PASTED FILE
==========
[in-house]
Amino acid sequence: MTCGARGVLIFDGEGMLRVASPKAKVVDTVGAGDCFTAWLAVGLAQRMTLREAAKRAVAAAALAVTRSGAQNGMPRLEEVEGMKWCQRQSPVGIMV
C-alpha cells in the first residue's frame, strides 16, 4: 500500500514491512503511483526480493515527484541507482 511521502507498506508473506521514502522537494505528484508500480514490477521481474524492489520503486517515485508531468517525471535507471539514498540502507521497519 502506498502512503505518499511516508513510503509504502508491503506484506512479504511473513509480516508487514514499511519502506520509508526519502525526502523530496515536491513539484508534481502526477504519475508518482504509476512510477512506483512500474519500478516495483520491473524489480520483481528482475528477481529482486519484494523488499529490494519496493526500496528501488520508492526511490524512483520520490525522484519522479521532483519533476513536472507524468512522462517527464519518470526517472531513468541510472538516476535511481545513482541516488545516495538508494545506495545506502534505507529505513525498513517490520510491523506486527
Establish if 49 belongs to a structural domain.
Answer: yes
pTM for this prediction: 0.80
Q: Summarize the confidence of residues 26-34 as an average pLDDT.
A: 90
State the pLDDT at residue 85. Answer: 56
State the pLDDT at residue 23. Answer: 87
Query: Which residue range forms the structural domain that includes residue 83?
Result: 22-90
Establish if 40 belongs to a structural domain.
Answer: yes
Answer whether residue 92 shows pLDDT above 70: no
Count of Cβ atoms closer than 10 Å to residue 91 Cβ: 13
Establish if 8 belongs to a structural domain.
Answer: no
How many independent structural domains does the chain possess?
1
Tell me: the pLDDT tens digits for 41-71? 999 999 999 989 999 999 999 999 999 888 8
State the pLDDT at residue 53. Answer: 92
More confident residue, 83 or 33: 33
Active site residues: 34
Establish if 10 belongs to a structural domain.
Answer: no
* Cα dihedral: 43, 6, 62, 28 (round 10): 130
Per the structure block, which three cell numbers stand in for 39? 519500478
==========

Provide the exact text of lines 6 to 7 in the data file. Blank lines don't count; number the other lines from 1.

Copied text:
pTM for this prediction: 0.80
Q: Summarize the confidence of residues 26-34 as an average pLDDT.